WSJ ties former AMD CEO Ruiz to insider trading case

Could Hector Ruiz, AMD’s former CEO, have illegally tipped off investors about the spinning off of AMD’s manufacturing business? Perhaps that’ll be for the courts to decide, but nevertheless, the Wall Street Journal quotes "a person familiar with the matter" as saying Ruiz is tied to a criminal suit filed earlier this month by the U.S. Attorney’s office in Manhattan.

The suit alleges that an "unnamed AMD executive"—Ruiz, according to the WSJ’s source—shared information about the spinoff with Danielle Chiesi of hedge fund New Castle Partners. Five other parties are involved in the case, including Galleon Group co-founder Raj Rajaratnam and IBM Senior VP Robert Moffat. All face "federal criminal and civil charges" yet claim to be innocent.

On September 30, 2008, the unnamed AMD executive allegedly had a brief talk with Chiesi about the spinoff and commented, "You know, we’re going to shock the hell out of everybody." Galleon and New Castle subsequently bought AMD shares ahead of the October 7, 2008 reorganization announcement, but the hedge funds ended up not profiting because of the financial crisis.

While the WSJ’s tipster points his (or her) finger at Ruiz, the former AMD CEO and current GlobalFoundries Chairman isn’t facing any charges at this point. The suit doesn’t name him, and it doesn’t allege the unnamed AMD executive "traded for himself or received any money for passing along information."

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    • MadManOriginal
    • 13 years ago

    Hell they profit greatly even when things go terribly, you mentioned ‘golden parachutes.’

    • vikramsbox
    • 13 years ago

    He’s been rewarded in a rather strange way by AMD- by being made CEO or Chairman of Global foundries.
    Heck..seems to be paying off being a crook…

    • blastdoor
    • 13 years ago

    Thank you Dr. Pangloss.

    • blastdoor
    • 13 years ago

    I think that insider trading is the least of Ruiz’s faults. Ruiz played the classic CEO game — heads I win, tails you lose. He made multiple “bet the company” gambles and lost, knowing that he would have a golden parachute. We’ve seen a lot of this over the last decade or two — CEO types make huge gambles knowing that they will never personally be held accountable if things go wrong, but will profit greatly if things go right.

    • SomeOtherGeek
    • 13 years ago

    That is easy! Duh… It is the Red pill, no the Blue pill, No! The Red one! Nonono, the blue one… Oh F**K it! I’ll take them all!

    • SomeOtherGeek
    • 13 years ago

    I got the secret of being a CEO! I’ll share it with you… Ready?

    All you have to be is an <drum roll> IDIOT!

    • VILLAIN_xx
    • 13 years ago

    The Blue, The Red, and The Rape pill…

    …hmmm which one? I cant decide.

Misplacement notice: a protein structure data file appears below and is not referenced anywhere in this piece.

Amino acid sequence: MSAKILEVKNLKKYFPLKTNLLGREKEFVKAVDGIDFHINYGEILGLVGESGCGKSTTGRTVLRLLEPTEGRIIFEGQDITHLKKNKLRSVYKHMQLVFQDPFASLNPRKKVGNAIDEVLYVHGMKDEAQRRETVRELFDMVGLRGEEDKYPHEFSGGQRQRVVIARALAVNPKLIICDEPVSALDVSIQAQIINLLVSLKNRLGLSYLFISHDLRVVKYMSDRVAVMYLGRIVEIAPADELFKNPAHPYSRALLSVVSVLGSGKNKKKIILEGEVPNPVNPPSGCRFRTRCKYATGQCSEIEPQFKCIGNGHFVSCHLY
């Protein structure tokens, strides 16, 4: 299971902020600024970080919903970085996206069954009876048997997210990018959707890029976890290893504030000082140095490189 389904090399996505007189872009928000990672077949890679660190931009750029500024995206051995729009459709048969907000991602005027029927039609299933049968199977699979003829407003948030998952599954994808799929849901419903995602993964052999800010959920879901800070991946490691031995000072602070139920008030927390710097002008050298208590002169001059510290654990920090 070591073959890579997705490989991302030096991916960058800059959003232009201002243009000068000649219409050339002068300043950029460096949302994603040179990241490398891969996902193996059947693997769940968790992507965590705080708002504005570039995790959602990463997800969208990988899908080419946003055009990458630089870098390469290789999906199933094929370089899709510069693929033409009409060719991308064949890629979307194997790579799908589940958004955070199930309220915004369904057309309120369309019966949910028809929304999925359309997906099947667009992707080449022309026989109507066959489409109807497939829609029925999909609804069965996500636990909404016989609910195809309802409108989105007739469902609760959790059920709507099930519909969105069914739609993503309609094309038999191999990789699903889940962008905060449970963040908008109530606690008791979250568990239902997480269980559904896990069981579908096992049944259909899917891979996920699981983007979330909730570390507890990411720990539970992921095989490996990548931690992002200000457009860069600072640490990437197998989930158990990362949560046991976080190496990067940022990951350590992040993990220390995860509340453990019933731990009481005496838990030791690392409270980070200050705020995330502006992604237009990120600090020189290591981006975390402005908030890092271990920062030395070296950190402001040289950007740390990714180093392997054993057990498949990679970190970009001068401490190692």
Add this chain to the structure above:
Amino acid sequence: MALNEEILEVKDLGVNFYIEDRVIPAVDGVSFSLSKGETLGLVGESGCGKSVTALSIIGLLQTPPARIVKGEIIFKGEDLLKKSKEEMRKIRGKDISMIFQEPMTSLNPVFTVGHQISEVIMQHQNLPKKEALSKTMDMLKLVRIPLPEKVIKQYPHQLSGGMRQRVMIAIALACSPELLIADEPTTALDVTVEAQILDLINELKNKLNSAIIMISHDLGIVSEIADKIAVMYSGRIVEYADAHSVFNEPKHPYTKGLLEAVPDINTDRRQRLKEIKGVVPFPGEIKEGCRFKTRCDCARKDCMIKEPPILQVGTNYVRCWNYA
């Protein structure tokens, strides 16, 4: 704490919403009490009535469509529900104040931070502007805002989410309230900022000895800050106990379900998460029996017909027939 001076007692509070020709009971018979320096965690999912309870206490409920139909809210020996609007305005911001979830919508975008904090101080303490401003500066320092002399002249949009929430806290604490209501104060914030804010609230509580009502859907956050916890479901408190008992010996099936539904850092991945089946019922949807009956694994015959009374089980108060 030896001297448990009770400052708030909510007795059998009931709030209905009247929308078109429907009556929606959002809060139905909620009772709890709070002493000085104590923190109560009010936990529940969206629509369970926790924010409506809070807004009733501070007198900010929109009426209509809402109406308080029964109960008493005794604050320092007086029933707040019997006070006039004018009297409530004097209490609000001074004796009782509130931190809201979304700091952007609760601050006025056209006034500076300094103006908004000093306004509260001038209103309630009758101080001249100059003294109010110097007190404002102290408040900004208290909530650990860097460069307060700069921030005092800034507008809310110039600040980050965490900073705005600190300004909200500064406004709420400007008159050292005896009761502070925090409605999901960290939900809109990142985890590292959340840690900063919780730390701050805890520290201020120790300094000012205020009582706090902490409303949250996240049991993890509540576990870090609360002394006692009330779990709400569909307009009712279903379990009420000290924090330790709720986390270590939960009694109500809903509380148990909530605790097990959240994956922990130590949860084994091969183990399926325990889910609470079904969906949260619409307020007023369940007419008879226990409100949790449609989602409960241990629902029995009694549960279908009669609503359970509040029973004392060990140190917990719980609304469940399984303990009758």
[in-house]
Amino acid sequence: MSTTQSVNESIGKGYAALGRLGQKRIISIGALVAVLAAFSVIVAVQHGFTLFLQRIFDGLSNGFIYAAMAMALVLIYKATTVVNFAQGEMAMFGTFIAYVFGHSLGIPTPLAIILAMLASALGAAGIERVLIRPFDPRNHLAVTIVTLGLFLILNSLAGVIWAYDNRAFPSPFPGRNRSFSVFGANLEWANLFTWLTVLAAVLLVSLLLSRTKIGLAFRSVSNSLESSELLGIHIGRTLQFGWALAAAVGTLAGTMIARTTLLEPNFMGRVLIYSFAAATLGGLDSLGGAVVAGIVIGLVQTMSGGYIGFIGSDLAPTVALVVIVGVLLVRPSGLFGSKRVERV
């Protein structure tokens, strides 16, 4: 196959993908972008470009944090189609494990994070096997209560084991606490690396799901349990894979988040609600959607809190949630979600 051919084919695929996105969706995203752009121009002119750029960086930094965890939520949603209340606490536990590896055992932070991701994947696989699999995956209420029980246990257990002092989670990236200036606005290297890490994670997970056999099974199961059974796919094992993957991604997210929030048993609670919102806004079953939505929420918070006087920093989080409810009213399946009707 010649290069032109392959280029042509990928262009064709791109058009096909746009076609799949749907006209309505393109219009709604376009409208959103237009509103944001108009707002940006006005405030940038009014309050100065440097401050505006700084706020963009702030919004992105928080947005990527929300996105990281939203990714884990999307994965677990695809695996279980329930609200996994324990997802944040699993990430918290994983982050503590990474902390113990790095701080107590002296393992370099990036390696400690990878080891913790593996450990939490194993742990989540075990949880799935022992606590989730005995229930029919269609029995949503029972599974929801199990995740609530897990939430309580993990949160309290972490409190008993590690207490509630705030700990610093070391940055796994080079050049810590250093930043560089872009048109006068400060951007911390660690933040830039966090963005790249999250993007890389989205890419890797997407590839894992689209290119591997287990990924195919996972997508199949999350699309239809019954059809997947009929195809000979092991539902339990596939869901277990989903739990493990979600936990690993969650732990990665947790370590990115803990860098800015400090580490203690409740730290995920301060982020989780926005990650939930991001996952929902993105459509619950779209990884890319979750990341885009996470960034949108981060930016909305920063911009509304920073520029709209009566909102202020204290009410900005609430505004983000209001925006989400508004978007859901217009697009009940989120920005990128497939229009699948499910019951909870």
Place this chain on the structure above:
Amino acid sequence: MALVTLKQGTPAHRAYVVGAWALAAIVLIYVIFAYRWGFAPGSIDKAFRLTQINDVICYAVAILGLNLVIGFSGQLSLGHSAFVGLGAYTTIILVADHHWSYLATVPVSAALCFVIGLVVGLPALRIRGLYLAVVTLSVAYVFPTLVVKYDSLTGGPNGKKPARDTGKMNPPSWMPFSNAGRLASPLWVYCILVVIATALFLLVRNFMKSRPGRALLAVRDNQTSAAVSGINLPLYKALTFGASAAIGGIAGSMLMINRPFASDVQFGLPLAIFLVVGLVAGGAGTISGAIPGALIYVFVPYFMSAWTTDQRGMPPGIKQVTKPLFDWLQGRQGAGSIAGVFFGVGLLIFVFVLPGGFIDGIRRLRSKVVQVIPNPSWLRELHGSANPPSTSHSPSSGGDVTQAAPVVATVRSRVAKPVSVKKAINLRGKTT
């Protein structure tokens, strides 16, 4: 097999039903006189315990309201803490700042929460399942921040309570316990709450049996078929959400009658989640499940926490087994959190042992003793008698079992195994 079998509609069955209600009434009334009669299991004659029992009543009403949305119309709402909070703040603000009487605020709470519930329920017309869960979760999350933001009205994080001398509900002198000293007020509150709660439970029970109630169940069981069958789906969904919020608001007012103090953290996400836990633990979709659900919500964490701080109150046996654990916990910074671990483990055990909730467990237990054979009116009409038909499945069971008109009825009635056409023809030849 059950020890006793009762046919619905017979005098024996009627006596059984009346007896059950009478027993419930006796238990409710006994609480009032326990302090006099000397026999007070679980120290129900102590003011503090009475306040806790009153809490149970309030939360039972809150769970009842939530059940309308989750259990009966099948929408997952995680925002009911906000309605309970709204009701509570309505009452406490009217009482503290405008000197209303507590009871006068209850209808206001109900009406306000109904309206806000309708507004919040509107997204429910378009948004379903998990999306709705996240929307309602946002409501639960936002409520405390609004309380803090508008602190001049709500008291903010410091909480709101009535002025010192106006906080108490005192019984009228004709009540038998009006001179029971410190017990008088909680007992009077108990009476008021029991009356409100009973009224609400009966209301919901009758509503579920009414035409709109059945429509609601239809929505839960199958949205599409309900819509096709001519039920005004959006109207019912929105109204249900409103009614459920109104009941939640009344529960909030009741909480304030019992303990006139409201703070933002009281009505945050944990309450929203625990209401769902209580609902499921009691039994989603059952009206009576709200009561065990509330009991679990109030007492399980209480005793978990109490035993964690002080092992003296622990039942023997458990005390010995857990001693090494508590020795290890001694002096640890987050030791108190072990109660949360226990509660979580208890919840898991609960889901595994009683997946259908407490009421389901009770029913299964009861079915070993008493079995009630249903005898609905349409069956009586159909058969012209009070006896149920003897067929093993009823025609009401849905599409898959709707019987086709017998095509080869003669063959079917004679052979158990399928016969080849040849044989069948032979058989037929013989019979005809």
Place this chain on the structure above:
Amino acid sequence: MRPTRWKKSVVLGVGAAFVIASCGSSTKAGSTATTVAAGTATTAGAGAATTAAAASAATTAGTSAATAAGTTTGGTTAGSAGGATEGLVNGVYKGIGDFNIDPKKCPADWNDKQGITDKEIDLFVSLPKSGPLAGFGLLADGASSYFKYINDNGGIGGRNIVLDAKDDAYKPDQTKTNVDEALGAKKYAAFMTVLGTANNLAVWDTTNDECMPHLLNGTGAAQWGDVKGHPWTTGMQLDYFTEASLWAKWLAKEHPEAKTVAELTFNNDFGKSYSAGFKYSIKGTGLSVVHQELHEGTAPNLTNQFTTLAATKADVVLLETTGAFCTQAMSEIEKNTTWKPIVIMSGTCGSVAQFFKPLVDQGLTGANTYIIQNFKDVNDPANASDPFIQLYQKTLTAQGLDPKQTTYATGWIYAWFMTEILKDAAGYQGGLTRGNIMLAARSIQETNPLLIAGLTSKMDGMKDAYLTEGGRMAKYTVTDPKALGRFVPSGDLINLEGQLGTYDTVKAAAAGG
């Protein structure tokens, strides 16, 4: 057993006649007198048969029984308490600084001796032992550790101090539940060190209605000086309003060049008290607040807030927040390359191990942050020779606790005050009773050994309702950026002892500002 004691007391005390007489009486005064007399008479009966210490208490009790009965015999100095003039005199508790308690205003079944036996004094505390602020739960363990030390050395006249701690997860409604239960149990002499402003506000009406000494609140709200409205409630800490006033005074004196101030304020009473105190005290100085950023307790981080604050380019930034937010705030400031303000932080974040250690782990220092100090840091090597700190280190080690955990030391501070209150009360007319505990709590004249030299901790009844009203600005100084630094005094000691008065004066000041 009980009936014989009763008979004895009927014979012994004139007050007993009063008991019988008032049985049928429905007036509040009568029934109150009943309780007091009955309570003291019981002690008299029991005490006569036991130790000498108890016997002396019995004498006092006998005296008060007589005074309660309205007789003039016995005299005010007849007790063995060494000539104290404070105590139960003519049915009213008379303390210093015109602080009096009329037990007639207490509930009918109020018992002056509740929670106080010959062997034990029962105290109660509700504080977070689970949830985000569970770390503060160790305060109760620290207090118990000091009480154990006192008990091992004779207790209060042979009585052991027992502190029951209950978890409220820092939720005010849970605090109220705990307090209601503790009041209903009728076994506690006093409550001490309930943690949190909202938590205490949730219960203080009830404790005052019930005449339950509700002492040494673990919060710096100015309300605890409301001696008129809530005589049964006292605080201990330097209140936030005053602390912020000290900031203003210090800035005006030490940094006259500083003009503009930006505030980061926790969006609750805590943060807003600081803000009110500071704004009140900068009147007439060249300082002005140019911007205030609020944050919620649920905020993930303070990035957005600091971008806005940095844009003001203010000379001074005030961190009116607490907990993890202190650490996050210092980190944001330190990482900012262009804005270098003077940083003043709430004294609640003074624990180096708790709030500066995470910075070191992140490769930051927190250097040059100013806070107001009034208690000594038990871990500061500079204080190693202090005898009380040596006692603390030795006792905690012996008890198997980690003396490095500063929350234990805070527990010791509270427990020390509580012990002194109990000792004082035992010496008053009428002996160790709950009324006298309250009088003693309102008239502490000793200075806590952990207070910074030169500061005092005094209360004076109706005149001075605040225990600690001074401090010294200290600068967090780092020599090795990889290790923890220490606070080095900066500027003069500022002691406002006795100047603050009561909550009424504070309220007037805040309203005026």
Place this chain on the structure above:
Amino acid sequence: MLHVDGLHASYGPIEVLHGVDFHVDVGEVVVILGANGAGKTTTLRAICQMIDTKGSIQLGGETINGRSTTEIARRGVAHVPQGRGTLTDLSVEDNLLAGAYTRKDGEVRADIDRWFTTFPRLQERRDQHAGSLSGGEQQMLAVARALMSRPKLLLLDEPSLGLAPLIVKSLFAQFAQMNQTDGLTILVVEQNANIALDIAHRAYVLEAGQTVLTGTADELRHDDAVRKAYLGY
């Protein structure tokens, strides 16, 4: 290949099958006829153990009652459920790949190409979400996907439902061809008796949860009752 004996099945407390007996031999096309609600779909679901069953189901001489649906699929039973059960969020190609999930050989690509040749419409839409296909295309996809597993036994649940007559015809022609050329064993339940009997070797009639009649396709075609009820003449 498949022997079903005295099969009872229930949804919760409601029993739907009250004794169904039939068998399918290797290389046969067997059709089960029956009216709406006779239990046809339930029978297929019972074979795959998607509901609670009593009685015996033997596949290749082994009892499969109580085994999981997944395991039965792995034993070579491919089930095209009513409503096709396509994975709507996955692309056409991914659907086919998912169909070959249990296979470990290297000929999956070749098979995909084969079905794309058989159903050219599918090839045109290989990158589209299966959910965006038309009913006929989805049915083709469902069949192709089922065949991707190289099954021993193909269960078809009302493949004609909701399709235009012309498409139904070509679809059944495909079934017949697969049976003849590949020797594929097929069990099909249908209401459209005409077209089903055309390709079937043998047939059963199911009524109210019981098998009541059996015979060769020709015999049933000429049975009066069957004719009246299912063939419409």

• SPOOFE
    • 13 years ago

    I’m not a court of law.

    • designerfx
    • 13 years ago

    a failure of people to use their brains

    • bdwilcox
    • 13 years ago

    Innocent until proven guilty is the rule for a court of law, not the court of public opinion.

    • bdwilcox
    • 13 years ago

    Unless, of course, some insider trading deal might have been ruined with a lower ATI stock price. That’s speculation, of course, but based on the current accusation it may not be that far off.

    • mattthemuppet
    • 13 years ago

    because that’s what retail investors do..

    • BobbinThreadbare
    • 13 years ago

    The thing is, all AMD had to do was wait until the 2000 series cards were out. They were so disappointing ATI’s stock would have fell sharply. If AMD had done their due diligence they should have known how badly the 2000 cards were going to fail.

    • SubSeven
    • 13 years ago

    Again, you are using hindsight. IIRC, at the time, AMD paid thirty some percent premium for ATI. That goodwill represents the excess of amd paid over what ATI was valued at. There is ALWAYS goodwill in a buyout and the amount of goodwill represents managements estimates and and future expectations. As we can see today management’s estimates and expectations were quite WAY WAY off but i personally can’t hold them against it because i don’t know what they know and what they thought back then. These things happen. AMD wasn’t the only one that was caught with their paints down when the proverbial sh*t hit the fan. Pretty much all of wall street and everyone one else was on that same boat. The one thing I really agree with you is that the decision to pay mostly cash was a big folley. They were overly bullish and too optimistic and vastly underestimated Intel at the time. This cost them. Heck they are still paying for it today. To me, that was their biggest mistake.

    • SubSeven
    • 13 years ago

    Marketing? Yah great waste of money that is. No matter what Intel’s marketing is better and their name is established and has been established for much longer than AMD. Heck, people have intel inside tatooed on their forheads these days. I don’t think marketing would have helped AMD much. On the R&D side, yes it can help but don’t forget Intel can bury AMD in R&D simply because they have more money and they can. Also, spending on R&D doesn’t automatically mean it yields fruitful results. At the time that purchase was their best option at creating value (or so they thought).

    • WaltC
    • 13 years ago

    Why did you sell and take such a loss? I’d have kept at least half of it until the share price rebounded. Plenty of people made a bundle on AMD by buying low and selling high a couple of years ago. Sounds like you bought high and sold low…?

    • Sargent Duck
    • 13 years ago

    That $5 Billion would have been much better spent, oh, I don’t know…Researching and developing to compete with Intel? Increasing advertising so Joe six-pack knows about AMD? Getting out of debt? Building a new fab to increase production?

    A joint partnership with ATI would have been a much better choice, or even a merger, rather than a buy-out.

    • accord1999
    • 13 years ago

    It was pretty obvious at the time of the purchase that it was too expensive for AMD when over half of the value of ATI was booked as “goodwill”. Heck, it was barely a year before AMD started taking charges against it.

    But that wasn’t the main problem, the main problem was that AMD paid nearly all of it in cash for ATI.

    And with hindsight, it’s become obvious that it was a terrible decision that greatly weakened AMD and forced AMD to spin-off its manufacturing division. Basically, buying ATI at $5 billion mainly in cash was to AMD as buying Golden West was to Wachovia.

    • eitje
    • 13 years ago

    “Hey, just because you tacked on $3.7 billion dollars in long term debt and your stock plummeted 56.2-percent doesn’t mean you’re doing a bad job…”

    §[<http://www.engadget.com/2007/12/14/amds-finanical-woes-dont-stop-hector-ruiz-from-nabbing-a-raise/<]§

    • SubSeven